The tables are turning in favor of medical marijuana use, even in states where only last year it seemed doomed to failure. The Oklahoma cannabis oil expansion is exciting news for the state.
Previously in Oklahoma, the law allowed for the use of medical oil derived from cannabis to treat children under 18, and only for epileptic seizures. Now, with the modified HB 2835, the age restriction has been lifted, and the measure also allows for the treatment of spasms due to multiple sclerosis, paraplegia, and symptoms of chronic wasting disease, conditions that are covered in the medical use laws in many other states.
The House voted 69-14 for the expanded measure, sending it to Gov. Mary Fallin to be signed into law. Last year, Fallin signed the legislation that allowed the use of CBD in children but said she remained opposed to legalizing all medical marijuana.
Even with the new law, there is no framework for the creation of state-compliant production or dispensary facilities for patients to access the medicine without obtaining it from another state or directly from the tightly controlled Oklahoma studies.
The victory might seem like a small one, limited to CBD oil as it is, but it is a stepping stone towards full plant medical use all the same. Coming as it does from a state that only recently tried to sue Colorado for the spread of recreational herb over its borders, along with Nebraska, the small win takes on a larger shadow.
Patients in Oklahoma are still limited, but with steady pressure on legislators, and a track record of success for cases treated under the new law to bolster acceptance, it is only a matter of time.
The bill passed last year in the state, House Bill 2154, authored by Rep. John Echols and Sen. Brian Crain, is known as Katie and Cayman’s Law. Fallin said of the bill:
“This bill will help get sick children potentially life-changing medicine. By crafting the legislation in a way that allows for tightly controlled medical studies, we can ensure we are researching possible treatments in a responsible and scientific way.”
Senator Brian Crain said:
“We have children who have tried everything else but are not able to control their seizures. This is a unique opportunity for Oklahoma to see what we can do to take advantage of the medicinal benefits of a type of naturally grown product, while at the same time, avoiding the hallucinogenic or narcotic effect of the marijuana plant.”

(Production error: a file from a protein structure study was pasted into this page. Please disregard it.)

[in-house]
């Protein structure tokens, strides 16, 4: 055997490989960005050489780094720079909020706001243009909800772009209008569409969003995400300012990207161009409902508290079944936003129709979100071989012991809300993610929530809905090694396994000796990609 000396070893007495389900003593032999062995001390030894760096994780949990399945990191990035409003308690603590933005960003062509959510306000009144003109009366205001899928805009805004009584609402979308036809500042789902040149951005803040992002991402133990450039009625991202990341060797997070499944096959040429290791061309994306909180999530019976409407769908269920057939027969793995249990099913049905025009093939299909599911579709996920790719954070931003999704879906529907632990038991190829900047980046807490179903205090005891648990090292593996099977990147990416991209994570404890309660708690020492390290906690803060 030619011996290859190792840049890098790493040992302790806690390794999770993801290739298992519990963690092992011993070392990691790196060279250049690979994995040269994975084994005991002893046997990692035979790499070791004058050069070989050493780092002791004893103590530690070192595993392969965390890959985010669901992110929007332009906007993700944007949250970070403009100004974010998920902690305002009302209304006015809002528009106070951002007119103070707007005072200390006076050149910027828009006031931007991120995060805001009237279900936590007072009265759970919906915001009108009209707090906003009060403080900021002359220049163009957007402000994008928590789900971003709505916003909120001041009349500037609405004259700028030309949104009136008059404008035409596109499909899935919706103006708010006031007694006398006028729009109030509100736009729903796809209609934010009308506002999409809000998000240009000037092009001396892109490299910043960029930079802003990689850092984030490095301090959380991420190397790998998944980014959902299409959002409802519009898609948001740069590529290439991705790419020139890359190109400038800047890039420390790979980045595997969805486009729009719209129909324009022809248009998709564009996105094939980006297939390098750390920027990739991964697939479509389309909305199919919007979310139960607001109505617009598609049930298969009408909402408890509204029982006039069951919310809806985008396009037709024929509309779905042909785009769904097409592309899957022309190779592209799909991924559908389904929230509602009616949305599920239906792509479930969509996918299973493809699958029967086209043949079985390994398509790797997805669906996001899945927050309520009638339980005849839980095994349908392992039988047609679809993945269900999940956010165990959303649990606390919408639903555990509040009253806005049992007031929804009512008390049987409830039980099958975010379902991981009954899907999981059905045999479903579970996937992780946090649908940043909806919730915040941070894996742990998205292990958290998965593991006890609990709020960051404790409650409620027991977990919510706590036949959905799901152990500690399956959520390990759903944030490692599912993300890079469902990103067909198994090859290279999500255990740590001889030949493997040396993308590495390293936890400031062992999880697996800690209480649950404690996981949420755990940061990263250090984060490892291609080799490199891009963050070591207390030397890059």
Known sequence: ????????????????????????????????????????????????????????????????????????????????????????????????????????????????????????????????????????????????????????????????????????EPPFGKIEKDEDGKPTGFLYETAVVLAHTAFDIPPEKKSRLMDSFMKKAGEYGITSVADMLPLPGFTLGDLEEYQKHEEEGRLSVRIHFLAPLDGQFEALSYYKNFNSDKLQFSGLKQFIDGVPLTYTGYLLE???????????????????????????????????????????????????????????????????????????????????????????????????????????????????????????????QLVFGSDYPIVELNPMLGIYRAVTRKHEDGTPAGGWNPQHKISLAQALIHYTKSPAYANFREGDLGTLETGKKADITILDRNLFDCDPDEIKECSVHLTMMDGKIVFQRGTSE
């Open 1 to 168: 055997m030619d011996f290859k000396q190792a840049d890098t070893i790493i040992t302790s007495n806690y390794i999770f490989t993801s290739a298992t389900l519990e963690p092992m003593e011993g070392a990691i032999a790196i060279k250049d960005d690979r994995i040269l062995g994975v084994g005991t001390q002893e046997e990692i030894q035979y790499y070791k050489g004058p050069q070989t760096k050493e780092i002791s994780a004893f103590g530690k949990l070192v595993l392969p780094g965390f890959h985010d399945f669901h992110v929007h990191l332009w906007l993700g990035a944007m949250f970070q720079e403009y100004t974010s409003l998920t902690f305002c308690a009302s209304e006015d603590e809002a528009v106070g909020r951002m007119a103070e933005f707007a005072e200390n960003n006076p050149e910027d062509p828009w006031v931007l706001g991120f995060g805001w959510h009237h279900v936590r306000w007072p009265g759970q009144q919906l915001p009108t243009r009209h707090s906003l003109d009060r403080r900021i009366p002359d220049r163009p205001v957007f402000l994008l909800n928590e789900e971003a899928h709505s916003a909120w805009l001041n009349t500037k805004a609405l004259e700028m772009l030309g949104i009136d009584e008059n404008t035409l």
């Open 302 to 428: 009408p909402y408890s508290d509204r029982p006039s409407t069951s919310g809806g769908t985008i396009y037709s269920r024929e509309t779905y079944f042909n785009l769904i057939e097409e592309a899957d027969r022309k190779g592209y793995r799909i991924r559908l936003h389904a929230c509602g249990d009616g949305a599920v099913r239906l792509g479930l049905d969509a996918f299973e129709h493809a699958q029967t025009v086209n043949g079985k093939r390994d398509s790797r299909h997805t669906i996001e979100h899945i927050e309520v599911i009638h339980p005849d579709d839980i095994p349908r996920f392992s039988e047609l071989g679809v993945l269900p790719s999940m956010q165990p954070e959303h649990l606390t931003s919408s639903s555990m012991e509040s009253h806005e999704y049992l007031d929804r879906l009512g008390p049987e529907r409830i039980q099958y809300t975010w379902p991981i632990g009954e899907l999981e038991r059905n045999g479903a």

Citizens of the state aren’t resting on their laurels with this minor change. Oklahomans for Health, a local grassroots organization, is spearheading an upcoming petition drive for full medical access in the state. The group has the support of numerous doctors, lawyers, and even former state representative and gubernatorial candidate Joe Dorman.
“Somebody’s got to do something. We need more courage out there from people in all areas, especially politics, to step up and consider what’s best for the people.” – Dorman
Oklahoma has seen 3 petitions in as many years try to gather the number of signatures needed to force the issue onto a ballot for public vote. Oklahomans for Health collected signatures in 2014, and a separate group, Green the Vote, tried last year. Both have been unsuccessful so far.
2016 promises a greater push, bolstered by the success of the latest expansion of the law. Frank Grove, Oklahomans for Health co-chairman, explains how this petition differs from previous efforts:
“It’s a referendum instead of a petition initiative for the constitutional amendment.”
That means the group needs 65,000-66,000 valid signatures, or about 86,000 signatures to buffer for its expected error rate. According to previous efforts, Grove said the goal is easily within reach. SQ 787 and SQ 788 are due to launch mid-May.
Currently, there are 24 states that allow for a comprehensive medical use of cannabis, as well as the nation’s capital. Of those, 4 states and D.C. itself also allow for adult use similar to alcohol. An additional 13 states allow for medical use of low THC, high CBD derivatives to be accessed mainly for cancer patients or those suffering from seizures.
In total, that means 47 out of 50 states allow for medical cannabis use in one form or another.
Oklahoma Gov. Mary Fallin also signed HB 2479 in April, which cuts the sentences for second marijuana possession convictions in half, which will take effect November 1, 2016.
Do you think that full medical access will make it onto the ballot for citizens to vote on this November? Will Oklahoma become the 25th state to allow medical marijuana in 2016? Tell us what you think on social media or in the comments below.